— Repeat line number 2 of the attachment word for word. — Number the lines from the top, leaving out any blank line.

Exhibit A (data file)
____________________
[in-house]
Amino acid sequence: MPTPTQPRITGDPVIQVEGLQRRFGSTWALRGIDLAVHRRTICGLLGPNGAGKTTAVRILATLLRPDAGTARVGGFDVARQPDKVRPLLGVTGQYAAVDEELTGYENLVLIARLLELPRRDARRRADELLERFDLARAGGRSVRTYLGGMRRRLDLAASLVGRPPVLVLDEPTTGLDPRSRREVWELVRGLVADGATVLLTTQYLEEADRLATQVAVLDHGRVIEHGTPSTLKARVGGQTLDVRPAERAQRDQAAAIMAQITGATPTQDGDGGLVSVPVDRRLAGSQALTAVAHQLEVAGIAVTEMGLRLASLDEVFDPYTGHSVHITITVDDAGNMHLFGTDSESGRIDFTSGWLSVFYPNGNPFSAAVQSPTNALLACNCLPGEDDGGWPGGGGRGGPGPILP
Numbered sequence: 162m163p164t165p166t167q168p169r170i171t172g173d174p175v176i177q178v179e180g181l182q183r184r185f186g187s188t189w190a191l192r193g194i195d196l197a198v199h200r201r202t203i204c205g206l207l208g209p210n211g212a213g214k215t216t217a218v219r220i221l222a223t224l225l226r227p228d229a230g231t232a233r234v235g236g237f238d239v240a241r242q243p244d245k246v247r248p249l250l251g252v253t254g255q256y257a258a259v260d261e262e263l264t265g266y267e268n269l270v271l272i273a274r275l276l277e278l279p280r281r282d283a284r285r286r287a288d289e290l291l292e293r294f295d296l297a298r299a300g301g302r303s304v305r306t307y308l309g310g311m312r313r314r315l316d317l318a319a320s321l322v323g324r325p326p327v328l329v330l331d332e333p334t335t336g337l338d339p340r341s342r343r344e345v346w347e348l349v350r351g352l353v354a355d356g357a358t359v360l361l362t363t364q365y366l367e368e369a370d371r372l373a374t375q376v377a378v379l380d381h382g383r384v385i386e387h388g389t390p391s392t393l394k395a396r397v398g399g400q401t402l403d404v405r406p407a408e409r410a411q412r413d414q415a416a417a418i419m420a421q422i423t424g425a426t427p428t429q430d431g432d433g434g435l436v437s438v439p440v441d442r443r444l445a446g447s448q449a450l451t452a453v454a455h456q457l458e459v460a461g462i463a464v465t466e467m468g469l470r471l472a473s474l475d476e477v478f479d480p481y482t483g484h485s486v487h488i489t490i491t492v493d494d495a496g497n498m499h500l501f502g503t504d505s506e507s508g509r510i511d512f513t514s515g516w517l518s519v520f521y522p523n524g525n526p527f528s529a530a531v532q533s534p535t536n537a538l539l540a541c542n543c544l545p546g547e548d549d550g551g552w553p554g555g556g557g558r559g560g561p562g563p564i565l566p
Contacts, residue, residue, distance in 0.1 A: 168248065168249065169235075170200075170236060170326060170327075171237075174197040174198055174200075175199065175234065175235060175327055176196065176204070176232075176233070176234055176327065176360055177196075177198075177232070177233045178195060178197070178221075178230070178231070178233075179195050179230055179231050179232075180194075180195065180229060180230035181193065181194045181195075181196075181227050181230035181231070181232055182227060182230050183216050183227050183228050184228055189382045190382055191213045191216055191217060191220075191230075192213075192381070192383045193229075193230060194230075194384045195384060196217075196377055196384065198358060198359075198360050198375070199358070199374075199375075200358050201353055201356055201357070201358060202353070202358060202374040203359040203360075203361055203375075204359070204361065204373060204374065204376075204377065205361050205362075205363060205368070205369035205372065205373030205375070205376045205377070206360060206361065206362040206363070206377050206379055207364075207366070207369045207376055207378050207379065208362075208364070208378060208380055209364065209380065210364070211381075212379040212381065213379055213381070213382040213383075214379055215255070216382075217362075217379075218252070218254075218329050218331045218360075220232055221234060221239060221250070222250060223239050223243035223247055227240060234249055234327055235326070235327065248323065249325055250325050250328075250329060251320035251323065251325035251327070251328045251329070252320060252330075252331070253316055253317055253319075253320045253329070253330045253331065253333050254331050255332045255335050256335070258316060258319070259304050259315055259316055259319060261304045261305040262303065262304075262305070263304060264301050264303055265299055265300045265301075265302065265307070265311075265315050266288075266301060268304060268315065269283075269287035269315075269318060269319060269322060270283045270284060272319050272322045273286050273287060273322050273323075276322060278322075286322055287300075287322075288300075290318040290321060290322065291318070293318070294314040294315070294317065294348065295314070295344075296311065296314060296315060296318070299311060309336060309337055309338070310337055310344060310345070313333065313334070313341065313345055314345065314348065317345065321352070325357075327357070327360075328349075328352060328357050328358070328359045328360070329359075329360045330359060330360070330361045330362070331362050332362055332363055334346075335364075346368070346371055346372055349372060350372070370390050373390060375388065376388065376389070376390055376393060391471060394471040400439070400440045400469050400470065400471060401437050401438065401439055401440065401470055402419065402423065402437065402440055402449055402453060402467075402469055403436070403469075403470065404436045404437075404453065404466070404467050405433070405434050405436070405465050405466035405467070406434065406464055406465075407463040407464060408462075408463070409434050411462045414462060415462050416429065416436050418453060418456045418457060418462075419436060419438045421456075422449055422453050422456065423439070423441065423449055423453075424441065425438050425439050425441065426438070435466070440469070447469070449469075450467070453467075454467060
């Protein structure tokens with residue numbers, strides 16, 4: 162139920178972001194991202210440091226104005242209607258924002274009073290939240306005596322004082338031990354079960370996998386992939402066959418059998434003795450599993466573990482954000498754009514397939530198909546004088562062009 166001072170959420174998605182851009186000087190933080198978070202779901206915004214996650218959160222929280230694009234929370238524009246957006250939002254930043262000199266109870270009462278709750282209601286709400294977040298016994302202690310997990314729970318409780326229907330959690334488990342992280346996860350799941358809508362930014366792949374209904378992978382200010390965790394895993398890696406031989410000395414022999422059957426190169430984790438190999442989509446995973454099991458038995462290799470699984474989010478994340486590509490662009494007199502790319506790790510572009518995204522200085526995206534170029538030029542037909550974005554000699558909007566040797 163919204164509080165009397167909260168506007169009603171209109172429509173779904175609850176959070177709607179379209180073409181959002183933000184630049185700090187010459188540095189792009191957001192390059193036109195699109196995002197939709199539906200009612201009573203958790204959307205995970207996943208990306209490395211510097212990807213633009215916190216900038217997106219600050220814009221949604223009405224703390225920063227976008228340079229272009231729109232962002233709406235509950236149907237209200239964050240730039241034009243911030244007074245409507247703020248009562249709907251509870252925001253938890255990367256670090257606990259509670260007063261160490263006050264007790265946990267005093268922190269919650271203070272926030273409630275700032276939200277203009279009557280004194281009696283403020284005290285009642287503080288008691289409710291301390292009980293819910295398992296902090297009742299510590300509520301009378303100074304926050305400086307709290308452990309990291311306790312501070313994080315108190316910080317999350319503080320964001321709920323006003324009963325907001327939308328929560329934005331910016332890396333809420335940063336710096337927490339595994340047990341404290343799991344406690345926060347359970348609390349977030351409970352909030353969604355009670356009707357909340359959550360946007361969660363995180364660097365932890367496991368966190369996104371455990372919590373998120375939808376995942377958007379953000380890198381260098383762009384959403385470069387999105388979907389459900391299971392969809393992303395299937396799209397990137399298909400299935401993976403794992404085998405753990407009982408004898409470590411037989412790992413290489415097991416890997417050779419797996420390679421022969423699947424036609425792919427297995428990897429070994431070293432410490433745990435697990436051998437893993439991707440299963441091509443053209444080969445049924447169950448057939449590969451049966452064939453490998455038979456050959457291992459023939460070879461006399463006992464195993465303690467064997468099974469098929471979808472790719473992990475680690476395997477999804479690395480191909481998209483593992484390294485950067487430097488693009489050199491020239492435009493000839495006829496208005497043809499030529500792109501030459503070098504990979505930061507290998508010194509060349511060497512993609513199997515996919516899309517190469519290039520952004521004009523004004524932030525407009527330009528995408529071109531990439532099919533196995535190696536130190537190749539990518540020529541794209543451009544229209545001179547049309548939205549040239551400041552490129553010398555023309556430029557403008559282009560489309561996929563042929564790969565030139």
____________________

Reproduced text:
Amino acid sequence: MPTPTQPRITGDPVIQVEGLQRRFGSTWALRGIDLAVHRRTICGLLGPNGAGKTTAVRILATLLRPDAGTARVGGFDVARQPDKVRPLLGVTGQYAAVDEELTGYENLVLIARLLELPRRDARRRADELLERFDLARAGGRSVRTYLGGMRRRLDLAASLVGRPPVLVLDEPTTGLDPRSRREVWELVRGLVADGATVLLTTQYLEEADRLATQVAVLDHGRVIEHGTPSTLKARVGGQTLDVRPAERAQRDQAAAIMAQITGATPTQDGDGGLVSVPVDRRLAGSQALTAVAHQLEVAGIAVTEMGLRLASLDEVFDPYTGHSVHITITVDDAGNMHLFGTDSESGRIDFTSGWLSVFYPNGNPFSAAVQSPTNALLACNCLPGEDDGGWPGGGGRGGPGPILP